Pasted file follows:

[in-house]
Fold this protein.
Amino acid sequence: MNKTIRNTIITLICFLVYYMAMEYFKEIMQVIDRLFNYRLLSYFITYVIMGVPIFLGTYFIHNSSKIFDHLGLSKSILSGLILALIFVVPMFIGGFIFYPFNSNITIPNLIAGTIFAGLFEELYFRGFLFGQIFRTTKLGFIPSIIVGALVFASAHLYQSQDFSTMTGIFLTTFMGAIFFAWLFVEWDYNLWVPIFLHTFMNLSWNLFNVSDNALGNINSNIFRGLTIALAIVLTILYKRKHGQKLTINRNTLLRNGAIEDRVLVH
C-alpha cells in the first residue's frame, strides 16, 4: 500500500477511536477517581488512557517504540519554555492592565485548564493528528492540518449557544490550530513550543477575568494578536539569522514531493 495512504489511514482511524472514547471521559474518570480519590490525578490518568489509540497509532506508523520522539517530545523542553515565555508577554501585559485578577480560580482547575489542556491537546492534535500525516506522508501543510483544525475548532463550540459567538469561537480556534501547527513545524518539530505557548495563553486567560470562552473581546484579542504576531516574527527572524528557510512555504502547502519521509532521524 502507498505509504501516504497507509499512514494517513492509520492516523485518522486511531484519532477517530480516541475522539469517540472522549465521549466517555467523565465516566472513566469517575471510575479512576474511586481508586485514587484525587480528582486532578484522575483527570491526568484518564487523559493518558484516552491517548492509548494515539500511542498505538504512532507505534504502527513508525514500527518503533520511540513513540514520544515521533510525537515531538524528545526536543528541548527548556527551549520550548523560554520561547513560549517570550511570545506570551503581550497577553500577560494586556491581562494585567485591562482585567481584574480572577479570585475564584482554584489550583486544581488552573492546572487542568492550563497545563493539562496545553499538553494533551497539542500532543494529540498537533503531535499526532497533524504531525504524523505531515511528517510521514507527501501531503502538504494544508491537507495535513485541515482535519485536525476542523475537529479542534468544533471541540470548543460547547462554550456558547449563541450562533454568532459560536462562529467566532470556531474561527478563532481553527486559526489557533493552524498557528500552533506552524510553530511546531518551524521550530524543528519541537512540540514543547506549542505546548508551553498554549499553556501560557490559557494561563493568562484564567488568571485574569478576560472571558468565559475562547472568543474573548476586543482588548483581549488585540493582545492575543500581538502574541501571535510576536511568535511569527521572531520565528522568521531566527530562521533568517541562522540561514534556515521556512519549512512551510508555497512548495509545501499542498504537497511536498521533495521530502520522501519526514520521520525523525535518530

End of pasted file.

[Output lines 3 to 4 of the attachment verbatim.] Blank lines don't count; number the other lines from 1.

Amino acid sequence: MNKTIRNTIITLICFLVYYMAMEYFKEIMQVIDRLFNYRLLSYFITYVIMGVPIFLGTYFIHNSSKIFDHLGLSKSILSGLILALIFVVPMFIGGFIFYPFNSNITIPNLIAGTIFAGLFEELYFRGFLFGQIFRTTKLGFIPSIIVGALVFASAHLYQSQDFSTMTGIFLTTFMGAIFFAWLFVEWDYNLWVPIFLHTFMNLSWNLFNVSDNALGNINSNIFRGLTIALAIVLTILYKRKHGQKLTINRNTLLRNGAIEDRVLVH
C-alpha cells in the first residue's frame, strides 16, 4: 500500500477511536477517581488512557517504540519554555492592565485548564493528528492540518449557544490550530513550543477575568494578536539569522514531493 495512504489511514482511524472514547471521559474518570480519590490525578490518568489509540497509532506508523520522539517530545523542553515565555508577554501585559485578577480560580482547575489542556491537546492534535500525516506522508501543510483544525475548532463550540459567538469561537480556534501547527513545524518539530505557548495563553486567560470562552473581546484579542504576531516574527527572524528557510512555504502547502519521509532521524 502507498505509504501516504497507509499512514494517513492509520492516523485518522486511531484519532477517530480516541475522539469517540472522549465521549466517555467523565465516566472513566469517575471510575479512576474511586481508586485514587484525587480528582486532578484522575483527570491526568484518564487523559493518558484516552491517548492509548494515539500511542498505538504512532507505534504502527513508525514500527518503533520511540513513540514520544515521533510525537515531538524528545526536543528541548527548556527551549520550548523560554520561547513560549517570550511570545506570551503581550497577553500577560494586556491581562494585567485591562482585567481584574480572577479570585475564584482554584489550583486544581488552573492546572487542568492550563497545563493539562496545553499538553494533551497539542500532543494529540498537533503531535499526532497533524504531525504524523505531515511528517510521514507527501501531503502538504494544508491537507495535513485541515482535519485536525476542523475537529479542534468544533471541540470548543460547547462554550456558547449563541450562533454568532459560536462562529467566532470556531474561527478563532481553527486559526489557533493552524498557528500552533506552524510553530511546531518551524521550530524543528519541537512540540514543547506549542505546548508551553498554549499553556501560557490559557494561563493568562484564567488568571485574569478576560472571558468565559475562547472568543474573548476586543482588548483581549488585540493582545492575543500581538502574541501571535510576536511568535511569527521572531520565528522568521531566527530562521533568517541562522540561514534556515521556512519549512512551510508555497512548495509545501499542498504537497511536498521533495521530502520522501519526514520521520525523525535518530